07 dezembro 2023
While the Brazilian government presents in Dubai results of policies that reduced deforestation in the biome, the local population feels the consequences of the climate crisis
By Solange Azevedo, from Manaus, Iranduba and Tefé (Amazonas), from WWF-Brasil
and Fábio de Castro, from São Paulo (SP)
While the world debates global warming and Lula's government tries to regain the role of environmental leadership at the 28th
Conference of the Parties to the United Nations Framework Convention on Climate Change (COP28 UNFCCC), taking place in Dubai, the population of the Amazon still experience the impacts of the extreme drought that hit the biome this year. The dry period, which normally finishes at the end of October, was so intense that the Brazilian Geological Survey only confirmed on November 24th
the beginning of the flooding process in the basins of the Negro and Solimões rivers, in Manaus - two of the most important basins in the region. To make matters worse: scientists warn that the drought could be even more severe in 2024.
“El Niño will reach its maximum magnitude between December 2023 and February 2024. Therefore, with the delay in the start of the rains, the time to recharge the rivers until the next drought will be too short for them to fully recover, which could lead to an even more severe drought next year”, says Jochen Schöngart, researcher at the National Amazon Research Institute (Inpa). Ane Alencar, director of science at the Amazon Environmental Research Institute (Ipam), made a similar analysis in an interview with the Brazilian press. According to her, water recharge in soils and rivers will not be complete and, as a consequence, the biome will not be able to reduce water stress.
The increasingly long dry season also fuels high temperatures, with peaks above 40°C for many days, and below-average rainfall, reinforces Ben Hur Marimon Jr., researcher at the State University of Mato Grosso. “As a result, the availability of water for plants becomes much lower and the forest begins to feel it. This water scarcity tends to lower the water table and the worst effects will possibly appear in the next dry season, in 2024”, he highlights.
The main reason for such an extreme and long-lasting drought is the combination of climate change - with the abnormal warming of the North Atlantic Ocean - and the occurrence of the El Niño phenomenon, characterised by the rise in temperature of the Equatorial Pacific Ocean, which is increasingly gaining strength. “These two factors, whose effects are exacerbated by deforestation and wildfires, contribute to increasing temperatures, prolonging the dry season, and inhibiting the formation of clouds and rain in different parts of the Amazon”, says Mariana Napolitano, Director of Strategy at WWF -Brazil.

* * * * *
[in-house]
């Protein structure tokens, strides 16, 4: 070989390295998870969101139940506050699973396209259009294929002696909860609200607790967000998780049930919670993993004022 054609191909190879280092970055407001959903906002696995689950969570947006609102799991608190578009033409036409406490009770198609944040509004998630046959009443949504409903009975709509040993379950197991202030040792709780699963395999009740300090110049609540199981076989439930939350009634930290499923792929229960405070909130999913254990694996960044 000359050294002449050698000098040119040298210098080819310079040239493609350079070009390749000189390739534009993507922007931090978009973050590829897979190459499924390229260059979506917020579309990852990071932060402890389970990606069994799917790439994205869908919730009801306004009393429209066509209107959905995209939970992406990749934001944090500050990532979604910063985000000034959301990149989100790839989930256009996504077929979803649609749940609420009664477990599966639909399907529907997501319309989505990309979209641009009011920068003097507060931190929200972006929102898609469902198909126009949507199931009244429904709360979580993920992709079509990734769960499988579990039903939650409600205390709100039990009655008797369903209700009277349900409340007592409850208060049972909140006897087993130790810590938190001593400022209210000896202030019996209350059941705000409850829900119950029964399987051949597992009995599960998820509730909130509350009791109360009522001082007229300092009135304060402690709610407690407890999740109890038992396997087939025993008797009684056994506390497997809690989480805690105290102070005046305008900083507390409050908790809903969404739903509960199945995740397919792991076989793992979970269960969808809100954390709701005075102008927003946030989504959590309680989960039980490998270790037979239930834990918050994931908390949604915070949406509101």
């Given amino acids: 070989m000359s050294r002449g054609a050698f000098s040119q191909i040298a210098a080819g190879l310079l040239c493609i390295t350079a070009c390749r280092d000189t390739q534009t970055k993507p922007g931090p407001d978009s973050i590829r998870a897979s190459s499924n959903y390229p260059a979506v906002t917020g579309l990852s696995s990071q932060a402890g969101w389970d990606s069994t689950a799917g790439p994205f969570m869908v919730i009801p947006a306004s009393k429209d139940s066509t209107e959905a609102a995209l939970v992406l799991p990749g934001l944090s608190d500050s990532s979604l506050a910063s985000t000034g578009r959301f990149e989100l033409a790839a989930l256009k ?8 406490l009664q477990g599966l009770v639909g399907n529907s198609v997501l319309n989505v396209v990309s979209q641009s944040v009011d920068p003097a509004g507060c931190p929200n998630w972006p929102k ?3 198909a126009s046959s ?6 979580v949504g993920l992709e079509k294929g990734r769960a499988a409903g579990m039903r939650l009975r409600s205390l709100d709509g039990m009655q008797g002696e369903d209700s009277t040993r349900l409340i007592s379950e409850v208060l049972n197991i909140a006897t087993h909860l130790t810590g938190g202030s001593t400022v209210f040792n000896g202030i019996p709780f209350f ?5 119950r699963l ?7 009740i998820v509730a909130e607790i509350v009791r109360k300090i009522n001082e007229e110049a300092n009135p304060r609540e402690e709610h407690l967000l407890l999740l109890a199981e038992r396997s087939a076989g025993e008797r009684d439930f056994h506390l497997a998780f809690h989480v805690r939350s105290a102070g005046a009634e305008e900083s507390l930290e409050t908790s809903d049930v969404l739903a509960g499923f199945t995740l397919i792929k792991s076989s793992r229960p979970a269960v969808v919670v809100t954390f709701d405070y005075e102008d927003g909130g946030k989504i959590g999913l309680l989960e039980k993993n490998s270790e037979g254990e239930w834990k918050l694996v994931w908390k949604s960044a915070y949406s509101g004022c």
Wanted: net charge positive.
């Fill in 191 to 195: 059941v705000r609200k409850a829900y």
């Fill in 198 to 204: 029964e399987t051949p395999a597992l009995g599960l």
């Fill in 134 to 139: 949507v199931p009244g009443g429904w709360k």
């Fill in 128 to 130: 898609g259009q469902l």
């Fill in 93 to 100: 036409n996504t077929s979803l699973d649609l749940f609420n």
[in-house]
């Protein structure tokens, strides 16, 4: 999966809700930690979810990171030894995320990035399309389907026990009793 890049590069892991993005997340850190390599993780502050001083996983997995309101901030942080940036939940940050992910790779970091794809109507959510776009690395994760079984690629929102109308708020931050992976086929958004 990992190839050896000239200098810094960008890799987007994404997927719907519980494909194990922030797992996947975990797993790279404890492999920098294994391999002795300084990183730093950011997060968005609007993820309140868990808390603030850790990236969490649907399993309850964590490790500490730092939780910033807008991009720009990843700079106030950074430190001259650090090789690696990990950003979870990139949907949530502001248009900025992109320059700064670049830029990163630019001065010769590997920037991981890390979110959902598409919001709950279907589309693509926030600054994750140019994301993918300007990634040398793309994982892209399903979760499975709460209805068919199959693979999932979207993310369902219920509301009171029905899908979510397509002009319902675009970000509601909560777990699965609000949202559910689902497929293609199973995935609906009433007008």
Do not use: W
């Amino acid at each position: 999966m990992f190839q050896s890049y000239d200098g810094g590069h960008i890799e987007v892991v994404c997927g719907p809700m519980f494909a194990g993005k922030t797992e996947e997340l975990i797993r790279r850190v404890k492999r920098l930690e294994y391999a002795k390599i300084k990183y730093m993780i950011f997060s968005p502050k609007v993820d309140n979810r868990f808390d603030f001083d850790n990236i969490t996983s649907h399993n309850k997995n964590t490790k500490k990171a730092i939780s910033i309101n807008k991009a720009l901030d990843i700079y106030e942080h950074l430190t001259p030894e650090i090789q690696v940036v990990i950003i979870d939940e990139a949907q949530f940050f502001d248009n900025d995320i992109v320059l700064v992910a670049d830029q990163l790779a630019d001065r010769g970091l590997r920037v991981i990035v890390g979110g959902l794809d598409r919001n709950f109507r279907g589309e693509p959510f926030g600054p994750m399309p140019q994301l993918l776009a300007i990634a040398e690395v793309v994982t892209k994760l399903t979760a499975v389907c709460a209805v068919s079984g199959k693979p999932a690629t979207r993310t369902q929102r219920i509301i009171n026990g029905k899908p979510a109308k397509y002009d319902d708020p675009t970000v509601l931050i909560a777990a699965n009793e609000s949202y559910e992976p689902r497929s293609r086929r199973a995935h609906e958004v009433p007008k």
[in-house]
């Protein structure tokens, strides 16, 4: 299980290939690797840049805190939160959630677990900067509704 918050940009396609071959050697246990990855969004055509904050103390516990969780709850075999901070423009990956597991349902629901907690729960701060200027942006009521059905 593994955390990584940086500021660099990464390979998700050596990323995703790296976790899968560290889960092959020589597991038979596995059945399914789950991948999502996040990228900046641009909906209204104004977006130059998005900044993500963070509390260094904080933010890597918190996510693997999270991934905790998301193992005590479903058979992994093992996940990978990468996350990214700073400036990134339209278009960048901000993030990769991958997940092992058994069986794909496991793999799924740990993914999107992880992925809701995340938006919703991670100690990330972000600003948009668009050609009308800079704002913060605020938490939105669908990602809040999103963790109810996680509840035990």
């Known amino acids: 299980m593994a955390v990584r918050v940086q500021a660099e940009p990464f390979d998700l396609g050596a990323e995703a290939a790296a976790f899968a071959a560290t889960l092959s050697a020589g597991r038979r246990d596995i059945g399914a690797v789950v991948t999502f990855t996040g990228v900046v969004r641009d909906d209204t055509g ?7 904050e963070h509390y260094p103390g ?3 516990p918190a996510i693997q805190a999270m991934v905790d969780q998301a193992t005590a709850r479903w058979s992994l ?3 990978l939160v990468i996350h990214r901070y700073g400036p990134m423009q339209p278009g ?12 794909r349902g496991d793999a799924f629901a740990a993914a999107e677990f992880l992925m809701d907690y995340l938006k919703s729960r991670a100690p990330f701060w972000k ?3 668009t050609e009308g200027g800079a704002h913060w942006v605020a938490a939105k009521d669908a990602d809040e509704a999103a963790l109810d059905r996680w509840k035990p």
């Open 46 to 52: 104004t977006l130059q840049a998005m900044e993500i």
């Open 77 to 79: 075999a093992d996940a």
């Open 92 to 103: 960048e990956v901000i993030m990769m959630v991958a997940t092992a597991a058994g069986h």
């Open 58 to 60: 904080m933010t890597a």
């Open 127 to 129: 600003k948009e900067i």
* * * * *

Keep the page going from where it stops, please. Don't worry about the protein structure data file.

“We need to put an end to this destruction. The Amazon forest provides essential environmental services for the country's development. The regularity of the rain cycle, on which our electrical system depends, the supply of cities and industries, and agriculture is just one of these services. The forest is also an essential carbon sink for tackling the climate crisis”, highlights Mariana. In other words: the negative impacts of the destruction of the biome are shared throughout Brazil and the world.
Poor situation on the surroundings of Solimões River
The first people to suffer from climate pressure, however, are those who live in the Amazon. “In my life, it was the worst drought I have ever seen. The fish have died and are beginning to be missing. The situation has become quite precarious,” said Ozinei da Silva Cordeiro, 37, during a visit by the WWF-Brazil team at the end of October. “We plant cassava and sell it in the city. But, at the moment, we have almost nothing and we don’t know if we will be able to deliver it, because the streams are dry.” Ozinei lives in the Nova Esperança village, in the Barreira da Missão Indigenous Land, in Tefé, in the state of Amazonas. The same municipality where the increase in water temperature caused the death of 155 river dolphins of the pink and tucuxi species since September 23rd.
According to the Brazilian Institute of Geography and Statistics (IBGE), more than 900,000 small farmers like Ozinei live and work in the Brazilian Amazon. To a greater or lesser extent, everyone felt the impacts of the extreme drought, which were particularly serious for riverside populations, who were isolated, finding it difficult to obtain essential services such as water supply, food, health, and education.
The main rivers in the Amazon had an unprecedented reduction in levels. Solimões, for example, reached a historic low of 3.81 metres on October 17th in Manacapuru, in the Metropolitan Region of Manaus, according to measurements from the Brazilian Geological Service. Several points along the basin were transformed into a desert scene. And, despite the 22.3% drop in deforestation in the biome for the period from August 2022 to July 2023 compared to the previous 12 months, wildfires broke records in November, when the dry season should have already ended.
Even before reaching the peak, the population was already feeling the worsening of forest fires. “There were a lot of wildfires nearby. Everything that was a virgin forest caught fire. The air was bad because the smoke was coming straight here”, recalls Ozinei. “There were people who couldn’t breathe properly and they had to wear a mask and inhale. This year's fires were worse than those before. We've never seen anything like that."
Reports from residents from different parts of the Amazon indicate that subsistence plantations are being particularly affected, which is serious, as agriculture is the basis of the lifestyle of many communities in the region and the main activity of rural communities, responsible for a considerable part of the income. “The majority live off their products and some work at the school as teachers, security guards, and doing general services. We plant bananas, cassava trees, green scents, and lettuce to supplement our income and feed the children”, says Maria Vanusa Cândido de Barros, 39 years old, indigenous to the Kokama people and leader of the Borazinho community, also in the Tefé region.
“Because of the drought, we no longer have this income. We planted it, but couldn't water it. It became difficult to even get water to drink. We need to look for it in the city”, laments Maria Vanusa, who lives with her husband and four children. She remembers that the river retreated far from the village and it began to be necessary to walk long distances, under the scorching sun, and climb over a high, steep bank to bring water to the community.
With the drought, there was also an abrupt limitation in the flow of goods and freight rates rose. Fruits and vegetables, which previously came from across the river, began to arrive by truck or plane from other states, increasing costs. According to local newspapers, shipping costs jumped 200% in some cases on Amazon.